We could all rate these apps lower as a form of protest, but it’s unlikely to have a meaningful impact. The App Store is a big place.
We could vote with our feet and delete any app that interrupts us with these, but we won’t. Are you really going to delete Instagram and stop using it? Yeah, exactly.
We’re stuck with these annoying dialogs. All we can really do is avoid using them ourselves and stigmatize them as akin to spam, popup ads, and telemarketing — techniques only used by the greedy, desperate, shameless, and disrespectful.
Sure they can… This is an engineering problem. It’s a classic biggish-data problem.
Attach a “report this as inappropriate” button to the things you want to police. Any time someone reports it, it’s stuffed into the database as a record (thing, datestamp, userID that reported it)
Now, hire a small team. their job: manage the biggest problems, where we can define biggest various ways, but typically, a combination of number of reports and the velocity of those reports (how quickly they come in; six reports over a month is a lot less urgent than 6 reports in an hour). Their job, to start, is to evaluate reports and either validate them or reject them. If they’re validated, then whatever we decide is appropriate happens (the ‘thing’ is removed from view, the developer gets a yap letter, the developer loses privileges, etc…). If they reject the report, then nothing happens.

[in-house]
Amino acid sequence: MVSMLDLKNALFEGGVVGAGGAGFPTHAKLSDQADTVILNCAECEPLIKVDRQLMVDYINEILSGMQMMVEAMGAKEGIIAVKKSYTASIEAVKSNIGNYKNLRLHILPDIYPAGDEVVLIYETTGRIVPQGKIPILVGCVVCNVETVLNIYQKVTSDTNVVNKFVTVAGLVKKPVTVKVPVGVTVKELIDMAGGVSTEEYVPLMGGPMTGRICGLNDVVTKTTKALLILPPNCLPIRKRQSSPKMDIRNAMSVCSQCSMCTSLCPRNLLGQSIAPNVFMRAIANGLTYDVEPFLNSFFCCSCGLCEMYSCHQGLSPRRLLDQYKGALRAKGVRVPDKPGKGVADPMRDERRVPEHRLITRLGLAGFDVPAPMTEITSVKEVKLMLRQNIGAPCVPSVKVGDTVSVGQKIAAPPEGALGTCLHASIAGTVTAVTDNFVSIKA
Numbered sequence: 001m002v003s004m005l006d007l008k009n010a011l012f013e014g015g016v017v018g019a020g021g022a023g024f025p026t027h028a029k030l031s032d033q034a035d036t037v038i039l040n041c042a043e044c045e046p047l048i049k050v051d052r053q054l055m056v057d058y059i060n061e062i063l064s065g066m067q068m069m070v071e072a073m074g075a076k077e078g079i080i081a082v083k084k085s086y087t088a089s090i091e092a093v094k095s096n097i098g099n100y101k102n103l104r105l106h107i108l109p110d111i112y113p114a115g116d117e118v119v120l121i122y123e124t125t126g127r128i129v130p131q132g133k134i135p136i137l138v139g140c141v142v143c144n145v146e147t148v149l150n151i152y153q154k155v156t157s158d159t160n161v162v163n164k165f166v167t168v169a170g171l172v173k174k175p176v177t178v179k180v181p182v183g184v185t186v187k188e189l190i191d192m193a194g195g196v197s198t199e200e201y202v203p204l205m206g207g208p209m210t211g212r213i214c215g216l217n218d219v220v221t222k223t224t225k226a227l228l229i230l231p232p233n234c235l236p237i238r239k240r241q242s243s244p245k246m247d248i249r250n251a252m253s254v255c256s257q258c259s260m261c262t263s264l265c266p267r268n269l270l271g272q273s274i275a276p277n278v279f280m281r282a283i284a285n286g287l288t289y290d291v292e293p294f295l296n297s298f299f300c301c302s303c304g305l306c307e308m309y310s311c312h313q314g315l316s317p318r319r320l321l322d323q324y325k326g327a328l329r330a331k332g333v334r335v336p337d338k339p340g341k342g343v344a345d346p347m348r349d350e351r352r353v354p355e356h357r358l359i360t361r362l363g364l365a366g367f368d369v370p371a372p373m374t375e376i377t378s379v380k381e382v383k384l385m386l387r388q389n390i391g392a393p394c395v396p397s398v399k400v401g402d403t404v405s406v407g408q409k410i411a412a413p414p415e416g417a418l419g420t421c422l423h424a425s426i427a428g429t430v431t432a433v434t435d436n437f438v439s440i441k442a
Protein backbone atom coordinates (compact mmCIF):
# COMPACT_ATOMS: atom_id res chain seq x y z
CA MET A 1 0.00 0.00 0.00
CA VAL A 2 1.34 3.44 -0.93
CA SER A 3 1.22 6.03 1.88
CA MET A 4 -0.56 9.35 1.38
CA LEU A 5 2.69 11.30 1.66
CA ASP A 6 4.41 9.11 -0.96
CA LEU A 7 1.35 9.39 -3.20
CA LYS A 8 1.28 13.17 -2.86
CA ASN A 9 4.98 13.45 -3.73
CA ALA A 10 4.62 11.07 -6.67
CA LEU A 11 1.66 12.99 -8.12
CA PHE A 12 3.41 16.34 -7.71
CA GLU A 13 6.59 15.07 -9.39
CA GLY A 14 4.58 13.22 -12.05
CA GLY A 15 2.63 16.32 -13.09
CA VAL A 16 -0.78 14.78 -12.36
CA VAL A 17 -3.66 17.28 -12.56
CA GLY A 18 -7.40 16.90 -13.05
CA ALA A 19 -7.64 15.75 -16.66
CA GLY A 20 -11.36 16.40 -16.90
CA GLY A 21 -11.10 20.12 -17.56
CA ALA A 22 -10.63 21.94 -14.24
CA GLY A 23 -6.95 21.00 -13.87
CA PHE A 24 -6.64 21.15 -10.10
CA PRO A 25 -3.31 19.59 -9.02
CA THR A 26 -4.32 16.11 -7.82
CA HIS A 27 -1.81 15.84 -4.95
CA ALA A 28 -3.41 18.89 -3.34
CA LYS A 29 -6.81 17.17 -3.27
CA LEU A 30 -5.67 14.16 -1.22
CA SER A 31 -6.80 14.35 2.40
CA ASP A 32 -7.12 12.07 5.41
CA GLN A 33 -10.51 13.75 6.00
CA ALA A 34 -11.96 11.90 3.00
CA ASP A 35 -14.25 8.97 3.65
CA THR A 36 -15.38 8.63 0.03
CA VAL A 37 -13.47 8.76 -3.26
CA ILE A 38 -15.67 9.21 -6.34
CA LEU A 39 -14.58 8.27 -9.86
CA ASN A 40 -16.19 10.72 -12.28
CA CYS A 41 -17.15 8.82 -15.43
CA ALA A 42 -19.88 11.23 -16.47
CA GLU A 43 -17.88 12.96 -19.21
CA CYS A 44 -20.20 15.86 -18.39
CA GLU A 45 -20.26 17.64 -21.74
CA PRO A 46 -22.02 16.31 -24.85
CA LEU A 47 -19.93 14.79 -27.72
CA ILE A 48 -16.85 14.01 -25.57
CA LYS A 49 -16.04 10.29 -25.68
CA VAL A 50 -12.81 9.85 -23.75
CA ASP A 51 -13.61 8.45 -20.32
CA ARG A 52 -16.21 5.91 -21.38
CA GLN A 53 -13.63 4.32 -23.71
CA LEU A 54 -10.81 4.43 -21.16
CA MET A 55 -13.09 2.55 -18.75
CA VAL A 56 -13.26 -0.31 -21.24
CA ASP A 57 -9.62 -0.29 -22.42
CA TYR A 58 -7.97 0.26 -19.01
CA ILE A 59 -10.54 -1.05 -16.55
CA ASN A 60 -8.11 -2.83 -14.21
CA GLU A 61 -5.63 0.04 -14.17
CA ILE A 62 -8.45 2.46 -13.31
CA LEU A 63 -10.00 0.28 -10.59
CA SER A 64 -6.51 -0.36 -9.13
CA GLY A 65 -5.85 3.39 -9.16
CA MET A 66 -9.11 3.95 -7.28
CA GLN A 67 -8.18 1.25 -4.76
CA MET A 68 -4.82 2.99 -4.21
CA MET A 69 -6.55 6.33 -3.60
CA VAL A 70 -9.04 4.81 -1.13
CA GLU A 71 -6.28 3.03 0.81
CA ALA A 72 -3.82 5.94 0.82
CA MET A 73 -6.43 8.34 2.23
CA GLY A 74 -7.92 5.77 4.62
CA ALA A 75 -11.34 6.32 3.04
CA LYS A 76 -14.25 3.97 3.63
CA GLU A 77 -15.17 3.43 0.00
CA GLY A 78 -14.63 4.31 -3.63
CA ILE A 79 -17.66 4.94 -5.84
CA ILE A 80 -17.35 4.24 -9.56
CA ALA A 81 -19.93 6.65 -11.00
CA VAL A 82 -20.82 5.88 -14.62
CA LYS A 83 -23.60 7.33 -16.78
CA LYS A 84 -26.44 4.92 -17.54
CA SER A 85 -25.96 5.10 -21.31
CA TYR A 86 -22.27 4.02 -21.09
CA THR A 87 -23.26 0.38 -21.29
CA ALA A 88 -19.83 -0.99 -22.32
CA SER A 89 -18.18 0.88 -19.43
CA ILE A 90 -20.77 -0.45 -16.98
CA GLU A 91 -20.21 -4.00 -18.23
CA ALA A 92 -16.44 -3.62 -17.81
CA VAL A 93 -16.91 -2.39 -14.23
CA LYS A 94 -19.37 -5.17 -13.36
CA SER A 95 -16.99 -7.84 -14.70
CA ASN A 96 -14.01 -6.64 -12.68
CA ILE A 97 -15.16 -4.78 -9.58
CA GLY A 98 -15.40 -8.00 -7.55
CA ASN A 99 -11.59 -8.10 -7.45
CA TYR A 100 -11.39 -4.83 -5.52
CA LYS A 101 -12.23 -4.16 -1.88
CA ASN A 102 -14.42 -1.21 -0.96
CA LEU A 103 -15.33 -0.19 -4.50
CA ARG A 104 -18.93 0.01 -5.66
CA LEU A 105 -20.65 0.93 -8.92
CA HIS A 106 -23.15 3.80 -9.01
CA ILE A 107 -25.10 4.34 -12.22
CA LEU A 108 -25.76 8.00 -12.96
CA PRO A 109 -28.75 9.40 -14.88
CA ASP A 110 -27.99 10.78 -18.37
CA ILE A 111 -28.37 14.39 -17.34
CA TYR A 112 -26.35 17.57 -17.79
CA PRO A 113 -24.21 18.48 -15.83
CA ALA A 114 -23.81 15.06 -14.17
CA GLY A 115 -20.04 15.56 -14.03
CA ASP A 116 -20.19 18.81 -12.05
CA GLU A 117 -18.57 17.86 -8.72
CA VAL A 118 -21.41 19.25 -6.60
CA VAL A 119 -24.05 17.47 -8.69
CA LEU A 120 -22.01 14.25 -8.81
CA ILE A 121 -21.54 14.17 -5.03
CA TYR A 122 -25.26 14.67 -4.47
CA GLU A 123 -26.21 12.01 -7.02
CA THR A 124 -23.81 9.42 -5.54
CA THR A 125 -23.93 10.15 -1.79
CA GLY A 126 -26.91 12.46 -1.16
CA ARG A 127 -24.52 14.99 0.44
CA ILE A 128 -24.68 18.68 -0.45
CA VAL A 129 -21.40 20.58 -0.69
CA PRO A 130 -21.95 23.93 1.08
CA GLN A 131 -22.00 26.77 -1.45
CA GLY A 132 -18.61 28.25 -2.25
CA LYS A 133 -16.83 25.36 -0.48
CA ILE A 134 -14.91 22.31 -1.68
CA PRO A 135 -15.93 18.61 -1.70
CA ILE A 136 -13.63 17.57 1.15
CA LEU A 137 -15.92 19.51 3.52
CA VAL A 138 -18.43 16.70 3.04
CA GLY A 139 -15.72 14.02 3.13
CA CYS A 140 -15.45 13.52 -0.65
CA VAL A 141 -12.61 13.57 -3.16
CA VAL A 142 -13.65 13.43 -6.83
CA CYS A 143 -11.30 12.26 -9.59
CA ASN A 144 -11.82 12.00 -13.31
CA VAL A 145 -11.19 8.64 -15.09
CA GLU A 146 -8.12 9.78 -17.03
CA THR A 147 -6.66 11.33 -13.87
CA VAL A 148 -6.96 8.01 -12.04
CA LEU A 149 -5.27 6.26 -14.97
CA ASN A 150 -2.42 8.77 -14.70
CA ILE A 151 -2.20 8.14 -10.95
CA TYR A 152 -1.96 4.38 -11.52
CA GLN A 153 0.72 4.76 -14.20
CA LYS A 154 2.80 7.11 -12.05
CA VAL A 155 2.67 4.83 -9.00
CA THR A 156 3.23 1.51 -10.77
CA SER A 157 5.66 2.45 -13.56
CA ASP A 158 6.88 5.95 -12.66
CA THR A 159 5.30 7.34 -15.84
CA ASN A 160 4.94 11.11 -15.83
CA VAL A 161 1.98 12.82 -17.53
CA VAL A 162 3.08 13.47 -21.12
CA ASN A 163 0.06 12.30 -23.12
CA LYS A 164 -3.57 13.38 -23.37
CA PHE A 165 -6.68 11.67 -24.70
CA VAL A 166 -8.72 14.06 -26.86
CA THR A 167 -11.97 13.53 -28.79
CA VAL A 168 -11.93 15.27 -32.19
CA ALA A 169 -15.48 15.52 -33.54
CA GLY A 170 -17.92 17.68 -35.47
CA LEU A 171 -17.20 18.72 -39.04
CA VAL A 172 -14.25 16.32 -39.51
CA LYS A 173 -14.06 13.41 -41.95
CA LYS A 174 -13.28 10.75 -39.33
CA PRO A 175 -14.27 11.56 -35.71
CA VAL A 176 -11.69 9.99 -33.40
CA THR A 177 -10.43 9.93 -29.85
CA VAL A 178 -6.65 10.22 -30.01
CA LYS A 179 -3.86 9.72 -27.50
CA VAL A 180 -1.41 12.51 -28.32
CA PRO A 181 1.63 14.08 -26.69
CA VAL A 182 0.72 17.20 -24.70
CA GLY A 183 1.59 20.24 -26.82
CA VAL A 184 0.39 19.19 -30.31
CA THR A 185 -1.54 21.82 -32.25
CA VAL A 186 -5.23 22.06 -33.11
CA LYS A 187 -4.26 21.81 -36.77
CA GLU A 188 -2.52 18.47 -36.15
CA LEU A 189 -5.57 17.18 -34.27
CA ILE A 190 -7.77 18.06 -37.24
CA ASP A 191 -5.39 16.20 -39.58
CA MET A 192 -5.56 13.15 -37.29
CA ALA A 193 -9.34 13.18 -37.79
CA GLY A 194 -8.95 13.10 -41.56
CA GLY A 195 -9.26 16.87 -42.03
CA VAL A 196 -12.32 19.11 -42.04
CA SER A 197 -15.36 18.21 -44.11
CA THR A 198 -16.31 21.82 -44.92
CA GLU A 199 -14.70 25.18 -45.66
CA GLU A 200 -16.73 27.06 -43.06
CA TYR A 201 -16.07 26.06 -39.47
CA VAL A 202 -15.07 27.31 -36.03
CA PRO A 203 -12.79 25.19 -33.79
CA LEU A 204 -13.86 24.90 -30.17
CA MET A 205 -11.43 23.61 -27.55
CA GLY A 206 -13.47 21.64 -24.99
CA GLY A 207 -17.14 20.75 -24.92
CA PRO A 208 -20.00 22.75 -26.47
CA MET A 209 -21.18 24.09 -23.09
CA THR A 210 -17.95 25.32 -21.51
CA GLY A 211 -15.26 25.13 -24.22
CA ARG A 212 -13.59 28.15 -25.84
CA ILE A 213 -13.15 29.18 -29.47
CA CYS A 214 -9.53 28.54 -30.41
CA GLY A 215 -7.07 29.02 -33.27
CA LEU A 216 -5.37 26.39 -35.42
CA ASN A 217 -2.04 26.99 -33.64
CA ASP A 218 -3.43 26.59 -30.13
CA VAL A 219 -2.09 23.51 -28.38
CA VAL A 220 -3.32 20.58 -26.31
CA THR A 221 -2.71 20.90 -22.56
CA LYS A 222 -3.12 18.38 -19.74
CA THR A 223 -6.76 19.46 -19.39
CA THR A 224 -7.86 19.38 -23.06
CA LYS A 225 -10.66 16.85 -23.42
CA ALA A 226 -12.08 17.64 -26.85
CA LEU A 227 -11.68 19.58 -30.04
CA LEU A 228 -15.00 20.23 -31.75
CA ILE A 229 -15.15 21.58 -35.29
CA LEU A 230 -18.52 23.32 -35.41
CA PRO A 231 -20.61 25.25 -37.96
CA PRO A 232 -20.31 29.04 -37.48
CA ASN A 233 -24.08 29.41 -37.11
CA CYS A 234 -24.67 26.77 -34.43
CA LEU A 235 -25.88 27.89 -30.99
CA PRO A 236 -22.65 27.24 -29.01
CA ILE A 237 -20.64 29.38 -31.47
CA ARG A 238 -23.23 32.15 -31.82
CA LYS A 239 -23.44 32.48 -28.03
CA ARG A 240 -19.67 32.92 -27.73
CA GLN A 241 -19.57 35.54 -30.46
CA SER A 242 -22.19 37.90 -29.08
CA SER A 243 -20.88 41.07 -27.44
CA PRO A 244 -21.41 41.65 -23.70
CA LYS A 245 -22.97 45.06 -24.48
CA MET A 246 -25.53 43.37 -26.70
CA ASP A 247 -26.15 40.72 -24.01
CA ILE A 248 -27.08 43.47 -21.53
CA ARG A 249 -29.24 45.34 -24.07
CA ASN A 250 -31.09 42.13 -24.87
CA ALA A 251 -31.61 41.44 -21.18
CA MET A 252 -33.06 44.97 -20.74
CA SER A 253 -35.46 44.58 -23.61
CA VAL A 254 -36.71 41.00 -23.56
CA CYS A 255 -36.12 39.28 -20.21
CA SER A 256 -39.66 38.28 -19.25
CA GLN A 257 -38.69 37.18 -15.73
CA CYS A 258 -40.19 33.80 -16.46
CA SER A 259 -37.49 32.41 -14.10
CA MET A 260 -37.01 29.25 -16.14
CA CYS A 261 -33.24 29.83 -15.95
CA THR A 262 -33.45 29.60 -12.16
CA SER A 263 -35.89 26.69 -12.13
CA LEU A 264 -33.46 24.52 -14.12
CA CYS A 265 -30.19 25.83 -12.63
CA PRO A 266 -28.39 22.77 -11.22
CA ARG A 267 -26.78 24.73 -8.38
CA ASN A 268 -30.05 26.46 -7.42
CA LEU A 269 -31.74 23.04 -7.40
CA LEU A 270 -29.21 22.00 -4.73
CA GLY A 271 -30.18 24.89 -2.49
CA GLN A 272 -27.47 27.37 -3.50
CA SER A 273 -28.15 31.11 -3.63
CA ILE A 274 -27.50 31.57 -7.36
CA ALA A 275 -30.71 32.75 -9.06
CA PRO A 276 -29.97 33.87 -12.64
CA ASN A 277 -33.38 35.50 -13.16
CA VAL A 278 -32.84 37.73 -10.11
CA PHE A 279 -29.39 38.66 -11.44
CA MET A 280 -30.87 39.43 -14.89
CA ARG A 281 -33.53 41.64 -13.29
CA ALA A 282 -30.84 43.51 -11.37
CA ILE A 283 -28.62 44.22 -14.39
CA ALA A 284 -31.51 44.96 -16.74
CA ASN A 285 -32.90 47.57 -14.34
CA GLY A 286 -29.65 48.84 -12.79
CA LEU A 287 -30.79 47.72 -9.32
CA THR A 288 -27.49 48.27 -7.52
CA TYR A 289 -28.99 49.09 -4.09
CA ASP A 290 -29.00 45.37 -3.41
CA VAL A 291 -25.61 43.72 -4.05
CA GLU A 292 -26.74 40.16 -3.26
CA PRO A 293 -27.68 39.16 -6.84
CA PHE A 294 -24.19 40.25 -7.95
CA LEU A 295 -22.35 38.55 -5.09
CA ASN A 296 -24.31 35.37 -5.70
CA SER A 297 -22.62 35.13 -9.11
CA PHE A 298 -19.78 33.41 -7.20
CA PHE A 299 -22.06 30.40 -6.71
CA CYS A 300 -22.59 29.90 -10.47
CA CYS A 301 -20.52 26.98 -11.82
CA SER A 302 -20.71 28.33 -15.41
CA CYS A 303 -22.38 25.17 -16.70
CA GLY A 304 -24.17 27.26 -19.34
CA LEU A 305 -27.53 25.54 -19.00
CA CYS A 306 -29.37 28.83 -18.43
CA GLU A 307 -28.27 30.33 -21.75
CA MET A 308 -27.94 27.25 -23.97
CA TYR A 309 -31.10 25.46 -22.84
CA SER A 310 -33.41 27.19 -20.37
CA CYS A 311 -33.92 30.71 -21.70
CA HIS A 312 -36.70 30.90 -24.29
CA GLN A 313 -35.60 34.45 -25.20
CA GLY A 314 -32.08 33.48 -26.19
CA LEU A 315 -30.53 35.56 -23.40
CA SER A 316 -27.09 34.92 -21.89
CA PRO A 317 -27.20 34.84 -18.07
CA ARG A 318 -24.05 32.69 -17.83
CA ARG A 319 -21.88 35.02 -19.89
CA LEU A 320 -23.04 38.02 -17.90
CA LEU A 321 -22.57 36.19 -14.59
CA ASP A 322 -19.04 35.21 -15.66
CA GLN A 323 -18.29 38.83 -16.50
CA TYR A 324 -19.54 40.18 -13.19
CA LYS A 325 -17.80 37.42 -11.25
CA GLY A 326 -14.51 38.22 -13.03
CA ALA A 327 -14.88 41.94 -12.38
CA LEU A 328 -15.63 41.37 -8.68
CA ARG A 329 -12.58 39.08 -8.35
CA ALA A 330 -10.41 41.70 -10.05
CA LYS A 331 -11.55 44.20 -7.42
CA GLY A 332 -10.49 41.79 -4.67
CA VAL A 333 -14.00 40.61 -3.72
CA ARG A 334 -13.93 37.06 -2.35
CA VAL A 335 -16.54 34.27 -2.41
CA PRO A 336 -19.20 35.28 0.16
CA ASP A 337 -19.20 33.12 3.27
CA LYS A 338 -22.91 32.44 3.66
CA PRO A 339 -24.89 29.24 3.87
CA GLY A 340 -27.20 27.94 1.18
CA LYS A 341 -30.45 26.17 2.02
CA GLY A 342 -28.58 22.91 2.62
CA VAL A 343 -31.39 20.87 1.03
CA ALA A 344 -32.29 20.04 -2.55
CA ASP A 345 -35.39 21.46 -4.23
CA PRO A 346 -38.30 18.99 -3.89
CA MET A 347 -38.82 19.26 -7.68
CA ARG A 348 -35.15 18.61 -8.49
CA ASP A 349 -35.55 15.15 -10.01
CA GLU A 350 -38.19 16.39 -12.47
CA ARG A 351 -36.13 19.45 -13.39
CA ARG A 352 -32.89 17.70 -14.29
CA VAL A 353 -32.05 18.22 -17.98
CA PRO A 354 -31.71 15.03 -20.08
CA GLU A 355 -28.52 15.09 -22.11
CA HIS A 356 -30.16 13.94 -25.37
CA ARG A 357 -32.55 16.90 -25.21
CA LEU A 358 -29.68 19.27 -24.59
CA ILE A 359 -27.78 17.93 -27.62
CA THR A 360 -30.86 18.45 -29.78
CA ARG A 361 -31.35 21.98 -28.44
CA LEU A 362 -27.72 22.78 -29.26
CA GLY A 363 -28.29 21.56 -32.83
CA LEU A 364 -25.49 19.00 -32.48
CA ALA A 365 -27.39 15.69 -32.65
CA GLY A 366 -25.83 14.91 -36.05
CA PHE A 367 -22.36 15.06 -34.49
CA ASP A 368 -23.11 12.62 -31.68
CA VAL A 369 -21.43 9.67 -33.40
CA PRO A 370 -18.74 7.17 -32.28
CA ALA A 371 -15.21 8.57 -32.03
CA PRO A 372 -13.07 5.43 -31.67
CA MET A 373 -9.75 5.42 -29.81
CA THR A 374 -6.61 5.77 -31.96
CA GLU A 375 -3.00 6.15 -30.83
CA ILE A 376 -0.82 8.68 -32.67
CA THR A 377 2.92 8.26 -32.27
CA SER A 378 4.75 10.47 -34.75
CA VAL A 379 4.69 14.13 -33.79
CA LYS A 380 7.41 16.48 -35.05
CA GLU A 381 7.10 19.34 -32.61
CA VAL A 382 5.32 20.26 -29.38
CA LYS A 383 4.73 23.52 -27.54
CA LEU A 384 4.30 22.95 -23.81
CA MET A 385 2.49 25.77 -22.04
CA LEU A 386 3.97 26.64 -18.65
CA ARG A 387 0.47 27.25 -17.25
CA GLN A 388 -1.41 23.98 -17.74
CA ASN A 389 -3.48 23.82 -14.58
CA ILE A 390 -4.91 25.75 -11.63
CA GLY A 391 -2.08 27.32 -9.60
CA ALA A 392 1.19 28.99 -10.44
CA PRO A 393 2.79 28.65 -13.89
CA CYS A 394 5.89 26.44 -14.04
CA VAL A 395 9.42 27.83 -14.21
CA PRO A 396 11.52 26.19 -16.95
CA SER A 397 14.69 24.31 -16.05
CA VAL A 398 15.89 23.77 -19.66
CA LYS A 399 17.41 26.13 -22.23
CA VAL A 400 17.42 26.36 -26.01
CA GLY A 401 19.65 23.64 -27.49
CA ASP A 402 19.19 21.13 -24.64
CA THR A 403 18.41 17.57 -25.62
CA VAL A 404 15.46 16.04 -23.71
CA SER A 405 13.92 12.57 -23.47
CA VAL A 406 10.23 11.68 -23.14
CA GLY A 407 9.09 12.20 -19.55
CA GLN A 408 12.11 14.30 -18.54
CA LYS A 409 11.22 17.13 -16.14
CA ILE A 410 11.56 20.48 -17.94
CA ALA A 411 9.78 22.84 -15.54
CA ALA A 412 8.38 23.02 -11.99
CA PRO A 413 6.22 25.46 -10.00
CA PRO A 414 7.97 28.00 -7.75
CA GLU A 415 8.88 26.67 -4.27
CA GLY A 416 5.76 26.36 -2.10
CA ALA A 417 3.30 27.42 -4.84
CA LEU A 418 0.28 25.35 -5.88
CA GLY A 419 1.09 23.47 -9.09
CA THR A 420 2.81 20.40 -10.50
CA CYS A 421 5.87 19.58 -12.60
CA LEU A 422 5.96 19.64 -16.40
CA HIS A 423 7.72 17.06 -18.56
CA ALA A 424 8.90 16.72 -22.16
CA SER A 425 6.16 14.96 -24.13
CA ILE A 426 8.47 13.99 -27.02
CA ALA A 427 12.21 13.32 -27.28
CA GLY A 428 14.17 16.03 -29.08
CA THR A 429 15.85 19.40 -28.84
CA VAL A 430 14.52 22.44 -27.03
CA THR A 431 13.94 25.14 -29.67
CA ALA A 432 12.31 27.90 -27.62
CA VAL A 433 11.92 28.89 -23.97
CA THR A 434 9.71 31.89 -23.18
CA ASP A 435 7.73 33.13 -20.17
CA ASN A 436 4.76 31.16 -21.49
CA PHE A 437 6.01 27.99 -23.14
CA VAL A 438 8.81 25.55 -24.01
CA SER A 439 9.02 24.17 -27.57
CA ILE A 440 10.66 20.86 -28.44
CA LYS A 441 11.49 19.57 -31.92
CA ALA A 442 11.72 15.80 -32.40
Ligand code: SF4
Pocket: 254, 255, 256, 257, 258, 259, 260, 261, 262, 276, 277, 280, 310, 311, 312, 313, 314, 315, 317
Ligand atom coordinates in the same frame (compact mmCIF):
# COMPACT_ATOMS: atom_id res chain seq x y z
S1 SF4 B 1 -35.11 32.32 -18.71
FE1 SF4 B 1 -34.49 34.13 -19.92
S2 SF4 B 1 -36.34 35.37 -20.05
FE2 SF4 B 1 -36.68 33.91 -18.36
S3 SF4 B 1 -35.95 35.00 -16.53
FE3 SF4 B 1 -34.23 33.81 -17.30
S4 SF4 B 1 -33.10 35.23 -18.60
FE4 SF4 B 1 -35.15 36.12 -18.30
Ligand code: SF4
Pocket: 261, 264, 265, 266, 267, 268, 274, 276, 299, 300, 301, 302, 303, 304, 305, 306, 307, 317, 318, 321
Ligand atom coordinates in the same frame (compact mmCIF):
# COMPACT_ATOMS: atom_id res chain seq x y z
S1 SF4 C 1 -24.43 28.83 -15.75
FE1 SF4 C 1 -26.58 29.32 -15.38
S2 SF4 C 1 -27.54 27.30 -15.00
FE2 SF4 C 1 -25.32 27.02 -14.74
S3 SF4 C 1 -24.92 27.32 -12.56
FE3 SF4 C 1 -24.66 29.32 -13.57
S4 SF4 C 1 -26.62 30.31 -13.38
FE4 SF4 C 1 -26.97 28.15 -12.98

What you want to build here is a reputation system. Every time this team validates a report, everyone who made that report gets their reputation value incremented. Every time a report is rejected, those that reported gets their reputation value decremented. Over time, you’ll build a data set that will tell you how reliably a person giving a report is in sync with the standards of those judging the reports.